As we charge into 2019, price transparency continues to be a cornerstone of federal health care policy geared toward lowering the price of health care — but more data does not necessarily lead to more information.
In fact, although the requirement to publish chargemasters is currently in effect, the federal initiatives continue to trail behind a number of enactments in states around the country.
Hospital chargemasters have been available online for about a month now under the Centers for Medicare & Medicaid Services’ implementation of Section 2718(e) of the Public Health Service Act enacted by the Affordable Care Act, which requires each hospital operating within the U.S. to publish a list of the hospital’s standard charges for items and services provided by the hospital.
CMS issued guidelines in the fiscal year 2019 Medicare Hospital Inpatient Prospective Payment Systems for Acute Care Hospitals and Long-Term Care Hospitals final rule, directing hospitals to publish their standard charges in “machine-readable” format on the internet and update the information at least annually. But it remains to be seen whether such data will really contribute to the type of transparency consumers need to effectively shop for health care.
More data is available, yet information to help consumers make informed decisions about health care still is a challenge. The transparency mandate may be seen as a step in the right direction, but several important issues have been brought to light recently:
CMS Administrator Seema Verma has acknowledged in a tweet that the information is not “patient-specific,” but that the mandate “is an important first step & sets the stage for private third parties to develop tools & resources that are more meaningful & actionable.” Verma also started a Twitter campaign asking individuals to report to her via Twitter with the hashtag #WheresThePrice if they cannot find a hospital’s chargemaster.
A 2010 Florida appellate court case illustrates how even a court may not view the chargemaster rate as a realistic determinant of what is charged. The case grapples with how a hospital charge for emergency medical services could be set under a Florida statute that limits provider reimbursement to out-of-network health maintenance organizations to the lesser of the provider’s charges, or the usual and customary charges for similar services in the community.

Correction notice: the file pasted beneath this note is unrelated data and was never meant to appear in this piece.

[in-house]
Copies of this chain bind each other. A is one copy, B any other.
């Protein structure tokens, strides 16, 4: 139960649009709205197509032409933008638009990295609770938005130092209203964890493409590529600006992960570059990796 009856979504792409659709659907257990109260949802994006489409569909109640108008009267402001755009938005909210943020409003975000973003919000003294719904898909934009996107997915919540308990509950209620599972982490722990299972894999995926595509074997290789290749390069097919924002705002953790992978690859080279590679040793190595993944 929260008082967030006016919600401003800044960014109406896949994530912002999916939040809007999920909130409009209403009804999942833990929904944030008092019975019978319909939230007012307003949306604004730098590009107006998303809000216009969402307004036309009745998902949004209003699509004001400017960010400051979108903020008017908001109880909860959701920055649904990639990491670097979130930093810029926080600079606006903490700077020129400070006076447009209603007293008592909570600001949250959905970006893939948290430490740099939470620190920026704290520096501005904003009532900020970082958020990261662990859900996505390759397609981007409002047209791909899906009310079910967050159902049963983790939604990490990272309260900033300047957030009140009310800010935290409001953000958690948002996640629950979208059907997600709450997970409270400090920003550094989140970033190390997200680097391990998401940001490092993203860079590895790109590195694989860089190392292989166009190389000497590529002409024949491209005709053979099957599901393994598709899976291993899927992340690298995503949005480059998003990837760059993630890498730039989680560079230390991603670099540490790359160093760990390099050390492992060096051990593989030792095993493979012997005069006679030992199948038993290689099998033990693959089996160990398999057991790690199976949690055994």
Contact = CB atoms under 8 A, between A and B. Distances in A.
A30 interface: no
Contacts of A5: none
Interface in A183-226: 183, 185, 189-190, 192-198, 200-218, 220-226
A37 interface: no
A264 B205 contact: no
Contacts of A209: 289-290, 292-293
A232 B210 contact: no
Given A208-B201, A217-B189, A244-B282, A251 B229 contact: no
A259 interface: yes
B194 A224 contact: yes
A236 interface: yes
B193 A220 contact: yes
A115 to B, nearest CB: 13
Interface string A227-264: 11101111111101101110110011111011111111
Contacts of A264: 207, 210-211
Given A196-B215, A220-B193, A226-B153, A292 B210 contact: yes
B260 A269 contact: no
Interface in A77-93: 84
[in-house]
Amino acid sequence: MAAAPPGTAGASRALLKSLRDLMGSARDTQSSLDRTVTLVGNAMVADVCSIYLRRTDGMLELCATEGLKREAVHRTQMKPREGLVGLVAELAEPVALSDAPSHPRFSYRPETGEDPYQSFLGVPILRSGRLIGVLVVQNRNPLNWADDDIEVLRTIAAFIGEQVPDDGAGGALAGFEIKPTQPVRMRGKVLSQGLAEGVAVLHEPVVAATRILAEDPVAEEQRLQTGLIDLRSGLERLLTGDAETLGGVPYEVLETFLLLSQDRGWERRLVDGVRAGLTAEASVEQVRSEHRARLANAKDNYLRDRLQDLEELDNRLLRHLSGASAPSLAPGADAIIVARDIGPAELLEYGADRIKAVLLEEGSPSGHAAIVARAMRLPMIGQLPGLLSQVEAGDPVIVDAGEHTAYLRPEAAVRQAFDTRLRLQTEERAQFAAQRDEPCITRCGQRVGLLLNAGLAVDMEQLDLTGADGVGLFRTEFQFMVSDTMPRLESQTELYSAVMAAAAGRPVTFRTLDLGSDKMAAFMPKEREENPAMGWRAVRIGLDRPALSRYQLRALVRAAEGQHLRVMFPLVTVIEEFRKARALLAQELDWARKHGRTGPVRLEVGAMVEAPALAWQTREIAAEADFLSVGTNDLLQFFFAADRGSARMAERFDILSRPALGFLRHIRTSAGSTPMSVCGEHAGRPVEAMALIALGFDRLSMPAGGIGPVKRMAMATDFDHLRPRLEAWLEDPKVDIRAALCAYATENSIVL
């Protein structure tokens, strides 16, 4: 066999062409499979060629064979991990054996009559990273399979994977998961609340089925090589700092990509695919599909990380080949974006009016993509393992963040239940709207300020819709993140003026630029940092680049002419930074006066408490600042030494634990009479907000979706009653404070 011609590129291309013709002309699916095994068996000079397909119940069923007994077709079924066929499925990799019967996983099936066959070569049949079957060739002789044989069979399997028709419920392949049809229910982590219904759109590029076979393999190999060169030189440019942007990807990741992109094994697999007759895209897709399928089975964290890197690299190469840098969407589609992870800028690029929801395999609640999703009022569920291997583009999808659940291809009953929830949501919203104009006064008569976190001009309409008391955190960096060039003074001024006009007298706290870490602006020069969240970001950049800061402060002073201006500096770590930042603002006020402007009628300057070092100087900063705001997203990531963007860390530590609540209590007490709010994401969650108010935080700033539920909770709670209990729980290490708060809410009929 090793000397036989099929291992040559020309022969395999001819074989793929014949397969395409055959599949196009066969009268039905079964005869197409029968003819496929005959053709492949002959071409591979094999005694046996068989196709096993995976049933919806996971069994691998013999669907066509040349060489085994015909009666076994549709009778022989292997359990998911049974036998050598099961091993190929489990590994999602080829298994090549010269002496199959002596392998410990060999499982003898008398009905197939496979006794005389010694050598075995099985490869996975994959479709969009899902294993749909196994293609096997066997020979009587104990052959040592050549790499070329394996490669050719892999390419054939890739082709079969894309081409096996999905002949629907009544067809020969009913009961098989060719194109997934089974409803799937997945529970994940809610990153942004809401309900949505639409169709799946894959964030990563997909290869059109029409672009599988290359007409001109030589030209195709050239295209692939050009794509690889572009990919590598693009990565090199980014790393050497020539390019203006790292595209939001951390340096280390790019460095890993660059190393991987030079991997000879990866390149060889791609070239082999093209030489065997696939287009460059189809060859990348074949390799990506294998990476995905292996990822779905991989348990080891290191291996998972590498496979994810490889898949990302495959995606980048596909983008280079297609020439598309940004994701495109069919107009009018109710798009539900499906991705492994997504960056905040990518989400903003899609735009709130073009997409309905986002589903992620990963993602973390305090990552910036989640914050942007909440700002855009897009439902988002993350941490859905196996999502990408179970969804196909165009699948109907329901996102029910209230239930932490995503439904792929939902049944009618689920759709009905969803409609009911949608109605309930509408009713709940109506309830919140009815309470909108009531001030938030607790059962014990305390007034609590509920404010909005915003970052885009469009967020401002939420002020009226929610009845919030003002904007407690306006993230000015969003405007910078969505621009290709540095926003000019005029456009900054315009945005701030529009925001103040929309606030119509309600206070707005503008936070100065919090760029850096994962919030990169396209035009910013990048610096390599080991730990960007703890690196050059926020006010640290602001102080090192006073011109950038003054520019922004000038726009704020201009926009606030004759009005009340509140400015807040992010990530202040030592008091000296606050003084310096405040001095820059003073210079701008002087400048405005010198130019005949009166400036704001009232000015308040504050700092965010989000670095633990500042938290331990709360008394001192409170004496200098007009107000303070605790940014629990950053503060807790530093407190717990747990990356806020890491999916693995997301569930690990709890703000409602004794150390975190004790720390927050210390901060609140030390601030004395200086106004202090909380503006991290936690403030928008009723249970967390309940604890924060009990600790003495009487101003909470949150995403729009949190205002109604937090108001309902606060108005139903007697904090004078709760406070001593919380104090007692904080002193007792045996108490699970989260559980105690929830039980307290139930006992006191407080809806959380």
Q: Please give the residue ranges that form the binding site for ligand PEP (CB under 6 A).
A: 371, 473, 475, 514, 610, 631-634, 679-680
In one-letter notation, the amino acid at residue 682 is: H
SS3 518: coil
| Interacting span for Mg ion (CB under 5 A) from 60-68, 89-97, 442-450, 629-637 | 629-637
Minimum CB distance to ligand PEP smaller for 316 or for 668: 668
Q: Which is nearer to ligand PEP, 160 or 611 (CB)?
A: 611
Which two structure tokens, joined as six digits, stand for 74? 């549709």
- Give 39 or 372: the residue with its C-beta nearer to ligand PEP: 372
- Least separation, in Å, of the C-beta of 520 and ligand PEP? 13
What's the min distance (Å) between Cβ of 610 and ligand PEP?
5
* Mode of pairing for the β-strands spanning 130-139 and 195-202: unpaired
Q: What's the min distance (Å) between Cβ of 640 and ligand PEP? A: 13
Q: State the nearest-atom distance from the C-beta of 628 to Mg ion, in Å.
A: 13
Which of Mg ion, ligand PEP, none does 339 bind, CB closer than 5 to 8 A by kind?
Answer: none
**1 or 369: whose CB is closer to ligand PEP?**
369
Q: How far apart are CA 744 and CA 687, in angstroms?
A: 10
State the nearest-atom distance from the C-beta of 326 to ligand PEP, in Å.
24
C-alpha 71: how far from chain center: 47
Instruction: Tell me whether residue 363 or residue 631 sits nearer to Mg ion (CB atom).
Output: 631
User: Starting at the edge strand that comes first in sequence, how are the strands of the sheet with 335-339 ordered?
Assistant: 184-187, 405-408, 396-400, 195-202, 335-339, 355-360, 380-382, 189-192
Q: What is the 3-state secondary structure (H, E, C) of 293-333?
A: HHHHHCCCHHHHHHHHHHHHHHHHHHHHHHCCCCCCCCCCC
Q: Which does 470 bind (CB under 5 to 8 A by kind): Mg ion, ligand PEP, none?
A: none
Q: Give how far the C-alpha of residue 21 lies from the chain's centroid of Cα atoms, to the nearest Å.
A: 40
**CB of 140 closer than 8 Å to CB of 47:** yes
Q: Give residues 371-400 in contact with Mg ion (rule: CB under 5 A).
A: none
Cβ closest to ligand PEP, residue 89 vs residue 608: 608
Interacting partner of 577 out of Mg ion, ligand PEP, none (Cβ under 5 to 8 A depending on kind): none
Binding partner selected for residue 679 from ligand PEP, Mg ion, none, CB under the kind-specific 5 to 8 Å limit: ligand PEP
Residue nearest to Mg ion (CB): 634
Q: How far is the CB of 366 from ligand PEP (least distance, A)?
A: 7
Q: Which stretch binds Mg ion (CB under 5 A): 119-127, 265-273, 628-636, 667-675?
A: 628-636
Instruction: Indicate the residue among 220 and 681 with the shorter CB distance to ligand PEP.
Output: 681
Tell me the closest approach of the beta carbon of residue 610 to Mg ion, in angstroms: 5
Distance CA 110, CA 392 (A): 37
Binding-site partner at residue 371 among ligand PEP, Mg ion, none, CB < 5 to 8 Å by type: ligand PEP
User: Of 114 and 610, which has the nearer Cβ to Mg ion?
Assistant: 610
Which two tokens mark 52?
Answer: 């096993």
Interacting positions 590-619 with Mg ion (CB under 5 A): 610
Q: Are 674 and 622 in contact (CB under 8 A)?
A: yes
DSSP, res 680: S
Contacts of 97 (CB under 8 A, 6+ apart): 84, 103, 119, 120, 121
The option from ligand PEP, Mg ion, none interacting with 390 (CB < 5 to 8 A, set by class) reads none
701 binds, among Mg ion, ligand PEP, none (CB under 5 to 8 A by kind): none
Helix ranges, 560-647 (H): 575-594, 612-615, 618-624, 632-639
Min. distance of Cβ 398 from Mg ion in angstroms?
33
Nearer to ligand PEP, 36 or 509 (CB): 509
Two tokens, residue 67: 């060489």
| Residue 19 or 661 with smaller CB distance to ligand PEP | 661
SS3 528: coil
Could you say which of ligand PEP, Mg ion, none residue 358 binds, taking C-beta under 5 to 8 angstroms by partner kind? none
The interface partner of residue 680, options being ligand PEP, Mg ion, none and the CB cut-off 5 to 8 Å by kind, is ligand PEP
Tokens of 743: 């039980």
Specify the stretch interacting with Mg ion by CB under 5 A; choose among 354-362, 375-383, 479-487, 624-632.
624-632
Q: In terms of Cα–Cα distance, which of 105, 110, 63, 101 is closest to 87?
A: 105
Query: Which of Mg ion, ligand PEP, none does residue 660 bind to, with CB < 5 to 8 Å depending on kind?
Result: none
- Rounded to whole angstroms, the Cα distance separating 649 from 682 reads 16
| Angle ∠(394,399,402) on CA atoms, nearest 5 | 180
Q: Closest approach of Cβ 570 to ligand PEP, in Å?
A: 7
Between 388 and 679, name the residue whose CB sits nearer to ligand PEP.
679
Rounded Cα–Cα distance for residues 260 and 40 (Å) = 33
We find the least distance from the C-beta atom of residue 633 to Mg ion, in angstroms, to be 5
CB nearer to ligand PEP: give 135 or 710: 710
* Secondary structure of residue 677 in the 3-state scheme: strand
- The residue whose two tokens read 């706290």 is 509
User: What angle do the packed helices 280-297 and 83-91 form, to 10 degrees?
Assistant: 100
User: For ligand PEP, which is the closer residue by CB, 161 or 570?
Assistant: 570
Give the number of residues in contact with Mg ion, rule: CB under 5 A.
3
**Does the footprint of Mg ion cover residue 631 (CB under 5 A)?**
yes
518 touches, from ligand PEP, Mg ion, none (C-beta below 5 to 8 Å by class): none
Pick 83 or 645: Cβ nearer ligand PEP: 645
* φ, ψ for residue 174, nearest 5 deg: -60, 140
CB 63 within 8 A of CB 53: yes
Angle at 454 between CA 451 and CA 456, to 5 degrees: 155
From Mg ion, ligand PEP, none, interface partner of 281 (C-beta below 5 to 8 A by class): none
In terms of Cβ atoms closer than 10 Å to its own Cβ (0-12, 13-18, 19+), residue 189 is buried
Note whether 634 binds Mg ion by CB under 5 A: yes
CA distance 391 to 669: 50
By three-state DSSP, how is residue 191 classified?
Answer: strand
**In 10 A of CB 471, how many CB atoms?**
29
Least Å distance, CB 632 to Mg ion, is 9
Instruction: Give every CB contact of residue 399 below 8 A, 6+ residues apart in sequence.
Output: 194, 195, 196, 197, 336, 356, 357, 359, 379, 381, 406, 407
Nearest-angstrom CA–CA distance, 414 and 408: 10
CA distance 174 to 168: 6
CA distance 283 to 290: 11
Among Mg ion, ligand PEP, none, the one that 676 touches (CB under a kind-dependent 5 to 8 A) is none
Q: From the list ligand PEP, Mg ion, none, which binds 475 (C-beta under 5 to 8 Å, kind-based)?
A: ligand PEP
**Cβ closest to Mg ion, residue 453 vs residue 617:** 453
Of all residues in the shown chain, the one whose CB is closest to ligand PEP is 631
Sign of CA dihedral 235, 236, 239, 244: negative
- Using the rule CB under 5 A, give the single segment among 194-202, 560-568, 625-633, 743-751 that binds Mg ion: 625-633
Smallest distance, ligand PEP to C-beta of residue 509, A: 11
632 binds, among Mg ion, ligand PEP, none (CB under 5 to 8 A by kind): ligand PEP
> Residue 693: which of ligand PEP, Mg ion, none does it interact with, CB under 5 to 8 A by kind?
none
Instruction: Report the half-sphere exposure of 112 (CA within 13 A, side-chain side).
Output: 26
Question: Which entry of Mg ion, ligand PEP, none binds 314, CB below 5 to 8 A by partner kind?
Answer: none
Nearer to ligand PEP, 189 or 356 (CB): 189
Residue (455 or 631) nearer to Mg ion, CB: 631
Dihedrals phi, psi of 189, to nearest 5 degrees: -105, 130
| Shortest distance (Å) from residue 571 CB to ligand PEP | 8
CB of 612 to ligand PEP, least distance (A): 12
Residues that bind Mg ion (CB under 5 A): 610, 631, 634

In Baker County Medical Services v. Aetna Health Management, the court rejected the provider’s argument that “usual and customary charges” include only amounts billed or the chargemaster rates. On the contrary, the court interpreted the statutory language to mean that “usual and customary charges” include amounts billed and amounts received by the provider for payment of similar services (with the exception of amounts paid by Medicare or Medicaid) — the fair market value of the services.
At the federal level, the question remains just what other steps are likely to be taken. Legislative proposals have been and continue to be made, but at this point, they do not appear to be moving forward with any clear prognosis as to their timing or ultimate outcome.
Although the CMS mandate became the first national requirement to publish chargemasters, the idea of making charges available to patients is not new; some states have required disclosure of pricing information for years. For example, since the early 2000’s, California hospitals have been required to submit chargemasters, a list of average charges for 25 common outpatient procedures, and the estimated percentage increase in gross revenue due to price changes each July for publishing on the state agency website. The data submitted is in a much more readable format — namely, the services corresponding to the charges are written in plain language.